Status of the Classroom Program for Spring 2017 in numbers, as of March 31:
- 333 Wiki Ed-supported courses were in progress, 157 or 47%, were led by returning instructors.
- 6,116 student editors were enrolled.
- 62% of students were up-to-date with the student training.
- Students edited 4,460 articles, created 282 new entries, and added 1.9 million words.
In less than three years, the Classroom Program has more than tripled in size. While numbers alone cannot truly convey its impact on both Wikipedia and student learning, growth means that more students are engaging with public knowledge creation and more subjects on Wikipedia are being improved. In Fall 2014, we supported 98 courses and 2,700 students. We’re currently working with 333 courses and more than 6,000 students, and spring quarter courses are continuing to sign up. The number of courses being taught by first-time instructors to the program is greater than the total number of courses we supported in Fall 2015, while the number of our courses taught by returning instructors remains strong at about 50%.
In addition to onboarding spring quarter courses, the Classroom Program team has been busy making sure that all of our courses are getting the help they need during the height of the term. Earlier in the month, Classroom Program Manager Helaine Blumenthal, along with Samantha and Wikipedia Content Expert Ian Ramjohn, again held Wiki Ed Office Hours. During these hour-long sessions, instructors in the program are invited to stop by and discuss their Wikipedia assignments. During our two sessions, instructors were eager to know about everything from best practices for assessing student work to questions about specific articles. Not only do these sessions enable Wiki Ed to interact with instructors on a more personal level, but it gives us a better sense of what’s going on in the classroom. It’s also a wonderful opportunity for instructors to learn from one another, and we were delighted to see instructors offer one another advice based on their own experiences. We’ll be holding office hours again in April and one final session for this fiscal year in May.
Samantha and Helaine also had the privilege of visiting Naniette Coleman’s class earlier in the month at UC Berkley. The course is an independent study project focused around the highly relevant subject of privacy. While there, Helaine and Samantha introduced students to Wiki Ed and explored the larger impact of their work. As mostly freshmen and sophomores, they all had some experience with Wikipedia, but mainly as consumers of information. They were all eager to make their own mark and to make connections between various aspects of privacy and their majors or other interests, ranging from music to law.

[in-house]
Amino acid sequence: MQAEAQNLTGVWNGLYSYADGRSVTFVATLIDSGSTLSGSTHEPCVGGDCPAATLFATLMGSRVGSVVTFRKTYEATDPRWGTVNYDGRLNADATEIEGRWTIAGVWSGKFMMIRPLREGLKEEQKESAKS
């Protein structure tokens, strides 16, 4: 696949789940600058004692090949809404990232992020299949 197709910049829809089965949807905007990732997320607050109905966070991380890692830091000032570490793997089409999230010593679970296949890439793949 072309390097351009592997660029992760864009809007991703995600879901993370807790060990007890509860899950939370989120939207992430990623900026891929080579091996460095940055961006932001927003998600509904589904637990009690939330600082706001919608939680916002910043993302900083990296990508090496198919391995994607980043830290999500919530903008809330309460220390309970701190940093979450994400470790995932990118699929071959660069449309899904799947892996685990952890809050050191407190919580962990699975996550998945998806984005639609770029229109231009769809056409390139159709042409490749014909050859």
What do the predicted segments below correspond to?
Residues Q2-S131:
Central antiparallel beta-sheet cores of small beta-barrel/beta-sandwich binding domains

We also welcomed Wikipedia Content Expert Shalor Toncray on an interim basis this month. Shalor is helping out with classes in the humanities this spring.
Student work highlights:
Ocean chemistry has changed substantially over the past 4.4 billion years. After the Great Oxygenation Event about 2.3 billion years ago, oxygen was thought to have gradually accumulated in the oceans. That idea was challenged in 1998 when Donald Canfield proposed that the presence of oxygen in the atmosphere instead produced Euxinia—an ocean that was anoxic and rich in hydrogen sulfide. Students in George Waldbusser’s Biogeochemical Earth class created an article about Euxinia that not only details the ancient ocean and how its chemistry could have been inferred, but also discusses modern euxinic conditions, which occur most notably in the Black Sea. Another group turned the short Bioaerosol article into something much more substantial. Bioaerosols, which include fungi, bacteria, viruses and pollen, can be transported for thousands of kilometers before settling out of the atmosphere, and can play an important role in cloud formation. While many of these organisms die quickly in the upper atmosphere, some bacteria can survive for extended periods of time. Dust storms, which move material across the Atlantic from North Africa and across the Pacific from the Gobi Desert, may also move bioaerosols across these oceans. Other articles substantially expanded by students in this class include Netarts Bay, Reverse weathering and Ice algae.